If you’ve been infected you’ll now be scribbling on those empty corners of the page and you want to go further, to rediscover the fantastic lyric heroism of the Vikings, to interlace the beards of Freyr and Thor... But you don’t know how to design threads that stop or which end up in a mess.
How can you make not only interlacings without start or finish, but also what we call entanglements, where some threads attach themselves in a new mass or a fixed point? Already we must note that the ends always come in pairs, so it’s impossible to make an entanglement having only one extremity... If you have mastered the switch from a graph to its dual you are used to graphs bound by a wall, dual of a graph free as the air. Try then to make mixed graphs, of which the edge is made up of wall ends and free ends. You see that each wall end causes long threads to appear all alone, following the exterior wall along its whole length.
You then just cut the exterior threads and you find yourself with thread ends emerging from a central interlacing, a pair at the extremities of each wall. That’s semi-encapsulation. These are motifs that are much more subtle for manipulation and assembly and which allow, above all, to be mixed with people or animals of which the extremities (hair, beard, tail, arm, leg) intermingle..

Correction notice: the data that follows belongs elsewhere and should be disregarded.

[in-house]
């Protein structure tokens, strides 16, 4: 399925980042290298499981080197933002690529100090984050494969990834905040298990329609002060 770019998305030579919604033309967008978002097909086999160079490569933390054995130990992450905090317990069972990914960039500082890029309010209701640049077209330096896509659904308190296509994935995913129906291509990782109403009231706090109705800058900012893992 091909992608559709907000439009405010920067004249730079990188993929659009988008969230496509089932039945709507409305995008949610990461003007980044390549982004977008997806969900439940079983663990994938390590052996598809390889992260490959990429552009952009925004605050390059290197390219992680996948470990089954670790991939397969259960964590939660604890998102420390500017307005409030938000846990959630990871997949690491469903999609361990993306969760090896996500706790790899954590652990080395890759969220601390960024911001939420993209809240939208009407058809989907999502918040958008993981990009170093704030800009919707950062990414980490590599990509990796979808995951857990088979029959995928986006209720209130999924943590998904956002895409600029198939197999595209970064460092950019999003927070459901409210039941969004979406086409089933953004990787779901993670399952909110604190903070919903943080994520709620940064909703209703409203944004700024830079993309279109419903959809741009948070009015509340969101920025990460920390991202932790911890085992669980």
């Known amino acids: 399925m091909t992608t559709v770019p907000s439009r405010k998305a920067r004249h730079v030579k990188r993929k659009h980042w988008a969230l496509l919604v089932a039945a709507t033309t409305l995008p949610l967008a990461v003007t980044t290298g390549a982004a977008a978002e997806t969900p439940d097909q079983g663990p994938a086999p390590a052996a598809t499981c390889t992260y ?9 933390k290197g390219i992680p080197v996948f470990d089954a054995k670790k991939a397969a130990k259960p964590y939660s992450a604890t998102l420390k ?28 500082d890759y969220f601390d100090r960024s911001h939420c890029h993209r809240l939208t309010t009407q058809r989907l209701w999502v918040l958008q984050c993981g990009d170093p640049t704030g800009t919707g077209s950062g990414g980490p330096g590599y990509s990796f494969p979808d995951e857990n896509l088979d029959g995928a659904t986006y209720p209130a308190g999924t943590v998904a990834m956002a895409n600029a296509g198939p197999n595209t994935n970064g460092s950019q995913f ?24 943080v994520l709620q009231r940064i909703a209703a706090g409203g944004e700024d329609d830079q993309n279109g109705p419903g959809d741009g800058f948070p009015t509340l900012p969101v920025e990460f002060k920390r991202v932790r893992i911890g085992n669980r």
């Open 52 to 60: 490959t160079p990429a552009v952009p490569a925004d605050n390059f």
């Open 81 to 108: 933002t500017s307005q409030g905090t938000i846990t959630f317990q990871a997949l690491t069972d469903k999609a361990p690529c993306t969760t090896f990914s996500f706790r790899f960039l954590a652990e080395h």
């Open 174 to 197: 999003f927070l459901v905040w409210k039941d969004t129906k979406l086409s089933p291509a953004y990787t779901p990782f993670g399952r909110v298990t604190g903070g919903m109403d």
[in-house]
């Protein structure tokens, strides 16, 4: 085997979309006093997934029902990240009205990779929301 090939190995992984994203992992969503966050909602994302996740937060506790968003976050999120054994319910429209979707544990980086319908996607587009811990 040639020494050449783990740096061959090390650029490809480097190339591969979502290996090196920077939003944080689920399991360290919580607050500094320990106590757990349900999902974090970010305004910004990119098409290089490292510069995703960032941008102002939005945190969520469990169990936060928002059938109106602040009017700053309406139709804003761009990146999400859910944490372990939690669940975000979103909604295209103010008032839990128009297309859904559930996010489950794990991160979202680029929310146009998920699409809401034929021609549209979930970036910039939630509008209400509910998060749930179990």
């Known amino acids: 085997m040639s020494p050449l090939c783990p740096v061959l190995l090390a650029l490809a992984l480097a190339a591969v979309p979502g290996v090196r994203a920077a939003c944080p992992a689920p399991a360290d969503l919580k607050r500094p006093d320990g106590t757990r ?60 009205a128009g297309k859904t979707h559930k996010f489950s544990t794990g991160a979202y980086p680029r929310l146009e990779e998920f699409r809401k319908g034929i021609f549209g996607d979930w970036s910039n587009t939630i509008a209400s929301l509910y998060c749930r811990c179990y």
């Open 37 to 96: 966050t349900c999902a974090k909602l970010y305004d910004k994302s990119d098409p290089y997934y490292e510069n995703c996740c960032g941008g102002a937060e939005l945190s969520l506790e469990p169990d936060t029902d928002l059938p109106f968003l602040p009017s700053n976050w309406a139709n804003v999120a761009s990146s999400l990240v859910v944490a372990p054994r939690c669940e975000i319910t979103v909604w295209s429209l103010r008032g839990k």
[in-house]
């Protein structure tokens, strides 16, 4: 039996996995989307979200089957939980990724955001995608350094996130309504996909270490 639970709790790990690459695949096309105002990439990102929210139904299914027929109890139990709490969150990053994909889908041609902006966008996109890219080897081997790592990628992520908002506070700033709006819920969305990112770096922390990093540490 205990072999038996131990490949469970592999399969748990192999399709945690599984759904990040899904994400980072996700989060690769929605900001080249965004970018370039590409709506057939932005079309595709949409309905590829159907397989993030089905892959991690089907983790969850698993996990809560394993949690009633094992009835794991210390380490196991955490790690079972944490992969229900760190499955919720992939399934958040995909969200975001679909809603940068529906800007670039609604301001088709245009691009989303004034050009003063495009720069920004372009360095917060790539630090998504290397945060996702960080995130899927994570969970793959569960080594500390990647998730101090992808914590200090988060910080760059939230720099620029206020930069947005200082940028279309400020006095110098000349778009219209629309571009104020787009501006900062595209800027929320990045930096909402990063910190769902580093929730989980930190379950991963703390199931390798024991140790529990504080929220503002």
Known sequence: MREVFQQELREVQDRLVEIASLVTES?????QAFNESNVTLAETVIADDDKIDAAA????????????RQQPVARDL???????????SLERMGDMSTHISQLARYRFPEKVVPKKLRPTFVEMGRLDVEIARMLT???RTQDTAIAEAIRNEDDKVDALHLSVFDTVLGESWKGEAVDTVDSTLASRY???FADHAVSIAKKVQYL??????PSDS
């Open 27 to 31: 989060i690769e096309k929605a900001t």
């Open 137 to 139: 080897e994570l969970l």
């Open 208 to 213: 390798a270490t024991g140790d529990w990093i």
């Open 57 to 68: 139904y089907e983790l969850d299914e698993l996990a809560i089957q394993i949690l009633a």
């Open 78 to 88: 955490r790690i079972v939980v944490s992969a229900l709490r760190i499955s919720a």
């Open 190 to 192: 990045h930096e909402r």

This allows you to make pretty compositions especially if, like me, you draw the animals from the books of Aidan Meehan:
To do so, pick out the places where you want to make a thread emerge, at the start of a tail or an ear, place a vertex on one side of this thread and trace a wall which starts from there to go to the vertex that you place close to the end of the following thread, a second ear, another tail or the free end of it. Do it again for each pair of thread ends. You get a sequence of wall ends; let a graph grow which rests on this wall and stays in the space that you have fixed for it.